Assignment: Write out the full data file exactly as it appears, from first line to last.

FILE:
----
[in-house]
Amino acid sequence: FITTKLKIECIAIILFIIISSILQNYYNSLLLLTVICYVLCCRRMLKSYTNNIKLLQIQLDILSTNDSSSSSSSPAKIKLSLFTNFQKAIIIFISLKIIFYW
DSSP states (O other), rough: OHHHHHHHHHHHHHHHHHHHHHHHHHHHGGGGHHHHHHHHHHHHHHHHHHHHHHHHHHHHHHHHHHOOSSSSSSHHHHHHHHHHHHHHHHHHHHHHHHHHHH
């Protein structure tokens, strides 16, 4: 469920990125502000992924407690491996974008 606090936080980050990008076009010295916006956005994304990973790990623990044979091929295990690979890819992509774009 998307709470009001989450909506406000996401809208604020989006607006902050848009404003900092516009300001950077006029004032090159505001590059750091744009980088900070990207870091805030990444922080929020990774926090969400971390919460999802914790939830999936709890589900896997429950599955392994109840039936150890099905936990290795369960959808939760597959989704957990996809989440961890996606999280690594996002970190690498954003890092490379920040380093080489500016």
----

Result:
[in-house]
Amino acid sequence: FITTKLKIECIAIILFIIISSILQNYYNSLLLLTVICYVLCCRRMLKSYTNNIKLLQIQLDILSTNDSSSSSSSPAKIKLSLFTNFQKAIIIFISLKIIFYW
DSSP states (O other), rough: OHHHHHHHHHHHHHHHHHHHHHHHHHHHGGGGHHHHHHHHHHHHHHHHHHHHHHHHHHHHHHHHHHOOSSSSSSHHHHHHHHHHHHHHHHHHHHHHHHHHHH
């Protein structure tokens, strides 16, 4: 469920990125502000992924407690491996974008 606090936080980050990008076009010295916006956005994304990973790990623990044979091929295990690979890819992509774009 998307709470009001989450909506406000996401809208604020989006607006902050848009404003900092516009300001950077006029004032090159505001590059750091744009980088900070990207870091805030990444922080929020990774926090969400971390919460999802914790939830999936709890589900896997429950599955392994109840039936150890099905936990290795369960959808939760597959989704957990996809989440961890996606999280690594996002970190690498954003890092490379920040380093080489500016």